Sep. 28—Richard Schwab started off as a janitor, retired as press foreman
For Richard Schwab, working in the newspaper business is how he began and ended his career.
In his teens, he started off as a janitor for The Ironton Tribune and retired from the Portsmouth Daily Times as a journeyman pressman, which means he was the guy who ran the big presses that the newspaper is printed on.
"I started when I was a freshman in high school as a janitor of the offices of The Ironton Tribune when it was on Railroad Street," he said, pegging the time as 1953 or so. He went to school, played freshman and JV basketball, got done with that, walked from the school to The Ironton Tribune."
His dad was a janitor in the back shop of the newspaper and his mom ran a one-room grocery store.
"So, there wasn't a lot of money coming in," Schwab said.
His dad would bring him clean clothes and the younger Schwab would work six hours as a janitor and cleaning the offices up. After he was done, he would go back to where the newspaper rolls were stored and put a piece of wood over the top of those and sleep until it was time to get up, shower and head to school in the morning. He expanded into writing sports stories for $4 an article.
"I did that five nights a week, Monday through Friday," Schwab explained. He kept that up until he graduated from school.
He expected to get hired in the composing room, but the job went to someone else, so he got a job at ARMCO.
"I worked 12 days out of six months. They just called you when they needed you," he said. "Then my dad called me and said the publisher wanted me to come in for an interview for a press room job."
He got that job in 1959 and spent four years as an apprentice and worked up to journeyman and eventually became the foreman. He stayed there until 1981 and then he went to Robert's Printing for about a year.
He was visiting the Portsmouth Daily Times to see their new press and ended up helping them out and getting a new job. He knew the PDT pressmen from the local union meetings.
"They were having trouble getting the plates to print," Schwab said. He looked at the coating that was put on the plates. It was a dark brown. He asked to see the refrigerator they stored the coating in after they mixed it and was told they didn't have one.
"I told them that was the problem," he said. He got a new bottle of plate coating and was helping the pressmen coat plates so they could get started when the PDT's publisher came in and asked who he was and what he was doing. The foreman explained that Schwab was from the Ironton paper and had stopped by to fix their coating problem.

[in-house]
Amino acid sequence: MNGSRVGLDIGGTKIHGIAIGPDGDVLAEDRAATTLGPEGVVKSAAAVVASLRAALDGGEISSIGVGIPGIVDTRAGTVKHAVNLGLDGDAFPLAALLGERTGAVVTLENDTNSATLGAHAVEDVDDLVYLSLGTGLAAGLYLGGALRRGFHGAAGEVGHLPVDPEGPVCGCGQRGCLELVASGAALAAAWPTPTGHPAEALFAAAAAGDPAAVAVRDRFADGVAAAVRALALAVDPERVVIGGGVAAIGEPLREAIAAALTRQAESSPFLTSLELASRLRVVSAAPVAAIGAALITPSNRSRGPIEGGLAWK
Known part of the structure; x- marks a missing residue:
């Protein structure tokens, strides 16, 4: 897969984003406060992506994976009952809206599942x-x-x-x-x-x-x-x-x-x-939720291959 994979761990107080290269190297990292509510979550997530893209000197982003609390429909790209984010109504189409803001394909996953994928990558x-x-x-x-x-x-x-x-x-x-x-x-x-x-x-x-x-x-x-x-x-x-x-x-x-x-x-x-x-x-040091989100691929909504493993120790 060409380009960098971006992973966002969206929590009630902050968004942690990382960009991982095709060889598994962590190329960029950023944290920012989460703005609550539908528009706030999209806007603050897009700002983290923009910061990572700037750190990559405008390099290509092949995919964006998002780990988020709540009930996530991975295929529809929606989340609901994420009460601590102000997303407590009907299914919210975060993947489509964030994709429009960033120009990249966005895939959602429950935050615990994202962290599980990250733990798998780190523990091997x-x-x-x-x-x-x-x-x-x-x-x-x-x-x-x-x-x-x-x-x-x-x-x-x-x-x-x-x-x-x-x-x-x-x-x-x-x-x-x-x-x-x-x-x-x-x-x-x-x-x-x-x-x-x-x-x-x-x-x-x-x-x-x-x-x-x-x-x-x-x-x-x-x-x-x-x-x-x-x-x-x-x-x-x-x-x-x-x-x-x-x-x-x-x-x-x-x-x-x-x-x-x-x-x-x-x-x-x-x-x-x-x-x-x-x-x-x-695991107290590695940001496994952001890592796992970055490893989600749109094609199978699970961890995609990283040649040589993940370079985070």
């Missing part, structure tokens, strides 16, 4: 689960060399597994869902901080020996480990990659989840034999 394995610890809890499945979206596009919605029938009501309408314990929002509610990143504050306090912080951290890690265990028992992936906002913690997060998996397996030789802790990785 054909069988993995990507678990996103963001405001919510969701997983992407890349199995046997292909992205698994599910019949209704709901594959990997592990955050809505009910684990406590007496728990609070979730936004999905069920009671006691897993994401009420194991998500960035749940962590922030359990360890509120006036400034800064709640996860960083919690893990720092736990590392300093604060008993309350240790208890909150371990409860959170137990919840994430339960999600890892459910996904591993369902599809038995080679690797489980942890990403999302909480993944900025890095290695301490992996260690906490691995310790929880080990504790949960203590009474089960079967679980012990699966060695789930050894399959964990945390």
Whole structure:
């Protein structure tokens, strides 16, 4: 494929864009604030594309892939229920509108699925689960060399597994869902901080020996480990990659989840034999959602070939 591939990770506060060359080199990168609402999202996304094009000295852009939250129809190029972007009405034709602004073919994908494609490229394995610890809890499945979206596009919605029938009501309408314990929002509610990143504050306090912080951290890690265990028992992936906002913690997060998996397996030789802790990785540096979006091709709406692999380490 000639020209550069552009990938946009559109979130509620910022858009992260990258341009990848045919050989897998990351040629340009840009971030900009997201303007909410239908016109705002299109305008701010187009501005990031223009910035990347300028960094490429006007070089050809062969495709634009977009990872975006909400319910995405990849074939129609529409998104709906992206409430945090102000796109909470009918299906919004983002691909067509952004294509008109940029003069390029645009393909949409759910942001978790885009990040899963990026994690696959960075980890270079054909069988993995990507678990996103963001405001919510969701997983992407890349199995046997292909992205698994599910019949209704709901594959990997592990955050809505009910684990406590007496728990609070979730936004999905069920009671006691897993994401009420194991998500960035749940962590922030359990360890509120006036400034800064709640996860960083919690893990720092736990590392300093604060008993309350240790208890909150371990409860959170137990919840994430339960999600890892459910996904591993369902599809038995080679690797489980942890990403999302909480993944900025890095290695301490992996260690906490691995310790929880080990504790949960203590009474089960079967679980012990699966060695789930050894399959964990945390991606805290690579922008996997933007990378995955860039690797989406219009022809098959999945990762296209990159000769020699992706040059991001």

"Before I got home, my wife, Gloria, got a phone call asking if I wanted to work there," Schwab said. He worked for two days a week for two weeks before he was hired on a full-time basis.
"And then I was there until I retired in 2005 as the production manager," Schwab said.
His job there at the PDT was a hot one, he spent his shift pouring hot lead so a Linotype machine could print the words that went on the plate that went into the press and made the newspaper pages.
"We re-melted the lead after every paper," Schwab said, adding the temperature to melt lead was 1,700 degrees. "No air conditioning in the building, one roof fan in the section."
The lead to a small disagreement with his wife.
"We were living in an apartment and she said 'I think we need to get us an air conditioner.' I said 'What are you talking about? It's not even hot in here!' She said 'It is, I'm sweating.' I was used to the heat off those melting pots."
Schwab is well-known for the gold Schwinn bike he rode to work at The Ironton Tribune.
He bought it for $10 off a firefighter friend of his brother in 1960. During the time of high gas prices in 1979, he was featured in a front-page picture.
He still rides the same bike around Ironton.
Over the years, the mechanics of putting words to ink changed from lead to paper to computers that sent the whole page back to a machine that printed the plate for the press.
Schwab married Gloria June Pinkerman in in 1961 and they will celebrate 61 years of marriage in January. They had two children, Angie and Richard II, eight grandchildren and seven great-grandchildren.
"The Lord has blessed Gloria and me with a strong family and good health," Schwab said. "I believe in the Lord and he has blessed me with a large family and a good life. I wouldn't change anything."